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Perinatal Nurse

A Perinatal Nurse cares for women through preconception, pregnancy, and the weeks following the birth of their baby.
Required education
Work hands-on, directly with patients.
Follow a routine that allows you to anticipate and prepare for every situation.
Take on different tasks, patients, and situations every day.
You’ll assist your patients during labor and be there to help if any complications arise.
Nursing bag, medication, and signs cartoon graphic
What you’ll do


You’ll work with nurse midwives and doctors during labor.


You’ll teach women and men about prenatal health, what to expect during pregnancy, childbirth options, postpartum issues, and how to care for and bond with their new baby.


You’ll perform routine tests and look after your patients throughout pregnancy, and for the first few weeks after the birth.

Where you’ll work
  • Community health organizations
  • Doctors’ offices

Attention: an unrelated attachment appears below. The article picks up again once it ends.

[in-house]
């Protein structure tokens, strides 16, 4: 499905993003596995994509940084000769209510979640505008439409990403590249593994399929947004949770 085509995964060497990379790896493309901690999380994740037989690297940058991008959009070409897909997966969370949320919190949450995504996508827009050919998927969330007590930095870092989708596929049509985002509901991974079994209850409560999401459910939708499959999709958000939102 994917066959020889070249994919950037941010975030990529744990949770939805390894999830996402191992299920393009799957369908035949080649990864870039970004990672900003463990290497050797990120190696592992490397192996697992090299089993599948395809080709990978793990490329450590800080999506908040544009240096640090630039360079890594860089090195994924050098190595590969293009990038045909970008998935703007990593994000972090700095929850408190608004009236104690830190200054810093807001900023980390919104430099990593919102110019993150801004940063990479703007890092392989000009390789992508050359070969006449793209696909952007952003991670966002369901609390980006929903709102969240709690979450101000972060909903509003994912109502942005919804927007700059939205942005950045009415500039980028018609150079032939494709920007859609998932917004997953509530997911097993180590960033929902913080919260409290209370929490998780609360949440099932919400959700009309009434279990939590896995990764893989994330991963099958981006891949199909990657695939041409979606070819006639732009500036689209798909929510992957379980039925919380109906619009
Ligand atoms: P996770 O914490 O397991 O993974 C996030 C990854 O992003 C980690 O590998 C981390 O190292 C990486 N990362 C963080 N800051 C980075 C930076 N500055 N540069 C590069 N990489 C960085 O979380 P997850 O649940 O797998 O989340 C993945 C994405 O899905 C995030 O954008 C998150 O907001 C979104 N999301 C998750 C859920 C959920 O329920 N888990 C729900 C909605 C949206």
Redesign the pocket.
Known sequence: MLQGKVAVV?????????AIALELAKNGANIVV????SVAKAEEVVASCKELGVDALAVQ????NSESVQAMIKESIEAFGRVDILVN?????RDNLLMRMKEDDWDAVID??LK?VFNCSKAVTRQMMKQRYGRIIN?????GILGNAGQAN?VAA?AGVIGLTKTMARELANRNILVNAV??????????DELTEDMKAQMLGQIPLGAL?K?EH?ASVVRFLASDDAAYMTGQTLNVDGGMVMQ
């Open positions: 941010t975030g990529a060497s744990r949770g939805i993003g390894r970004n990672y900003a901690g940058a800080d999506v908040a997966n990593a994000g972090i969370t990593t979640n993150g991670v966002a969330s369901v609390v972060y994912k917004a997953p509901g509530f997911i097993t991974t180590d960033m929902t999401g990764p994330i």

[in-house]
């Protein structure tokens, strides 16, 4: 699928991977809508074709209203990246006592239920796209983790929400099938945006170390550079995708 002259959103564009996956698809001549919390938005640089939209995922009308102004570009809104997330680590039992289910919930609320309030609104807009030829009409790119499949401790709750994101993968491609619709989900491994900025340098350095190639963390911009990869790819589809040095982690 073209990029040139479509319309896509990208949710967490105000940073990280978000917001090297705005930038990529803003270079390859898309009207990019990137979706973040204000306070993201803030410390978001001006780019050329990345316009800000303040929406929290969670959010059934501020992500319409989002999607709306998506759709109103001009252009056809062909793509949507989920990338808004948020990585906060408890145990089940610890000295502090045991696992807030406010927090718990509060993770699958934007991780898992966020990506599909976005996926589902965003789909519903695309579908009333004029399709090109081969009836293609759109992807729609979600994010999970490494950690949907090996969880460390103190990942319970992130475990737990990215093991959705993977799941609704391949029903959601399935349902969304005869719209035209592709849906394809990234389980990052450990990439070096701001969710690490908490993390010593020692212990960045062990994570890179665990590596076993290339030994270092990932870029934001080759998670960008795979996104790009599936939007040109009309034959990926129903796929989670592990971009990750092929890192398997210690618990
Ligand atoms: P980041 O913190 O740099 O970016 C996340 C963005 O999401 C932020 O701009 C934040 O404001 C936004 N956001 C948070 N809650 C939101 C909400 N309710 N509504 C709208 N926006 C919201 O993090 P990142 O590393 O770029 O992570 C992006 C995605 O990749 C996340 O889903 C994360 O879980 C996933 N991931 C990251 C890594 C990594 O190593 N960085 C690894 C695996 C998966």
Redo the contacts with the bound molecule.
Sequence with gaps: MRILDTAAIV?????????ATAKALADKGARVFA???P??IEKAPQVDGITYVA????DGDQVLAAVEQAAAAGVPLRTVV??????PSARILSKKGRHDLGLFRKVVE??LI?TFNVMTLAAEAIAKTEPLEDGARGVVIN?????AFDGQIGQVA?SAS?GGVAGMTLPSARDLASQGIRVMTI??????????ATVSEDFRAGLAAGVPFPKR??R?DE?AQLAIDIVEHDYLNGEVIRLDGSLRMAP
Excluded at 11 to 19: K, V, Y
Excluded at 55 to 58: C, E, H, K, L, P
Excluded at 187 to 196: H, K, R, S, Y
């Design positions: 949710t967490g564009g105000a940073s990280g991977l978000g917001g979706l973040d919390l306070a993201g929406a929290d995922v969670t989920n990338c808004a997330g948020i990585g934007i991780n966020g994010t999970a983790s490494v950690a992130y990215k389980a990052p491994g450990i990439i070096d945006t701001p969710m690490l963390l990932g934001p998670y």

• Home Health Services
  • Hospitals
  • Medical evacuation and transport
  • Neonatal intensive care units
  • Long term care centers
How to become a Perinatal Nurse


Pass the NCLEX-RN and work as a Registered Nurse.


You can get certified by the Association of Women’s Health, Obstetric and Neonatal nurses.

Many employers require Perinatal Nurses to earn Nurse Practitioner or Clinical Nurse Specialist credentials.


You’re ready to work as a Perinatal Nurse.

Join an Organization
Become a member of a Perinatal Nurse organization to find career opportunities, learn from your colleagues, and support the profession.
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Group of smiling nurses in scrubs holding folders
Group of smiling nurses in scrubs holding folders
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